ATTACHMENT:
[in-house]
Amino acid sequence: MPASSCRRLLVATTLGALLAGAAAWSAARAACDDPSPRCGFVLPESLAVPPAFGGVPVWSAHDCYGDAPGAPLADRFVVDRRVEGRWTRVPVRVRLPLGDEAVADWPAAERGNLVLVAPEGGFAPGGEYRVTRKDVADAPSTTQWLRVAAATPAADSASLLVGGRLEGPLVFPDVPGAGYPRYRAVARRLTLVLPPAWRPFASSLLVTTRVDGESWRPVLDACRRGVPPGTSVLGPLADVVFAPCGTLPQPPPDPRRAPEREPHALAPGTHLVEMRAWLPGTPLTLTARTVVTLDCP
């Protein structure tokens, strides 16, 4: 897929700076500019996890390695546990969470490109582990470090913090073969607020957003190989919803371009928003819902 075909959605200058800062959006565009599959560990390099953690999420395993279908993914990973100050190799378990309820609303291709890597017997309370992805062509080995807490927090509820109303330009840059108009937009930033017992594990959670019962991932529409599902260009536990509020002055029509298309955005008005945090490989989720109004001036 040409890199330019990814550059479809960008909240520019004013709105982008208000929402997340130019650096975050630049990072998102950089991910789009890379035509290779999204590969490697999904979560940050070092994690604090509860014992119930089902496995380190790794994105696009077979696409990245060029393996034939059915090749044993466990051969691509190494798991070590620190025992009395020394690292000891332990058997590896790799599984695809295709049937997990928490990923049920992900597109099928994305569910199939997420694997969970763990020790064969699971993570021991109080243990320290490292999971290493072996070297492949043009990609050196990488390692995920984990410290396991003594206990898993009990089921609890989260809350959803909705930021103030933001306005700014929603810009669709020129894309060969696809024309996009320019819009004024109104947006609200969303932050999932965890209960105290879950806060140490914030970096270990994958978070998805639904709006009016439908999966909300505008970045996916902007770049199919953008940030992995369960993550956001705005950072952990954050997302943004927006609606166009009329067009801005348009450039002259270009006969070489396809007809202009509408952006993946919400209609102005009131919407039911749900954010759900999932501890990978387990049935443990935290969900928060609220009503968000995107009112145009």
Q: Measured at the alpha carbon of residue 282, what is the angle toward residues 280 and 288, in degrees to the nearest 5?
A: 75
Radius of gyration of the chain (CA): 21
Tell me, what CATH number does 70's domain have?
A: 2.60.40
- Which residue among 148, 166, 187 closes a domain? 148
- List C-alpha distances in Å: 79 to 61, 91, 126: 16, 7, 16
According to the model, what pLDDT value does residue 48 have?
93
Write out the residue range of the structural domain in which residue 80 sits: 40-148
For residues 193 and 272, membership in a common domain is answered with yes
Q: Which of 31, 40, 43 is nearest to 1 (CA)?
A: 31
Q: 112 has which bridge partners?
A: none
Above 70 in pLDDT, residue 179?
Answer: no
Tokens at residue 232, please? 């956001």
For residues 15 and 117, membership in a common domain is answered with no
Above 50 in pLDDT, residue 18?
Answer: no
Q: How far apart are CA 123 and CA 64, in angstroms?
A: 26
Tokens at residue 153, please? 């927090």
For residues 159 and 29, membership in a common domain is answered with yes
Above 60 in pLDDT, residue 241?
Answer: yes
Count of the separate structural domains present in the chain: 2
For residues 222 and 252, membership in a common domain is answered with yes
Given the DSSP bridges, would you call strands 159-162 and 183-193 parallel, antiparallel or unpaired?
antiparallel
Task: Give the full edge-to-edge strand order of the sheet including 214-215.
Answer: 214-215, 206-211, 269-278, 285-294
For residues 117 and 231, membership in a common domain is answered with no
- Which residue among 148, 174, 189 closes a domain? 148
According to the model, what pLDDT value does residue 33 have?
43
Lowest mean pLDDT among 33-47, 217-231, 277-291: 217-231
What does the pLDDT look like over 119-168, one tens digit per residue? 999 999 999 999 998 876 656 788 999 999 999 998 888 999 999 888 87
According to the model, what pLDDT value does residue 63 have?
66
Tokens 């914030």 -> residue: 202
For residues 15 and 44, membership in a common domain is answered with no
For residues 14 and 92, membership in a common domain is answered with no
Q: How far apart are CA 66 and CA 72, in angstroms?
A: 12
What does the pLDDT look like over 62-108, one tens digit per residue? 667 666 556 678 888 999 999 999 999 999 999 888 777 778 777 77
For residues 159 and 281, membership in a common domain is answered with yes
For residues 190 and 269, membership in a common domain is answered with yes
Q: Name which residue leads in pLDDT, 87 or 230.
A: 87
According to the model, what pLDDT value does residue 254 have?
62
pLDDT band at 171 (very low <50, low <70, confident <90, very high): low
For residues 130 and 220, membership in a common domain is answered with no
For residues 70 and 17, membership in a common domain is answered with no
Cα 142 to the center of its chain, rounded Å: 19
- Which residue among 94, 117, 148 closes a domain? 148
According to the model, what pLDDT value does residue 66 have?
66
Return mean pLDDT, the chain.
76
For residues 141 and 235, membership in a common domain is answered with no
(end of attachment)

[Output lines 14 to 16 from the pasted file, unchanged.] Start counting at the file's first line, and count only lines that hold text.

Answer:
For residues 193 and 272, membership in a common domain is answered with yes
Q: Which of 31, 40, 43 is nearest to 1 (CA)?
A: 31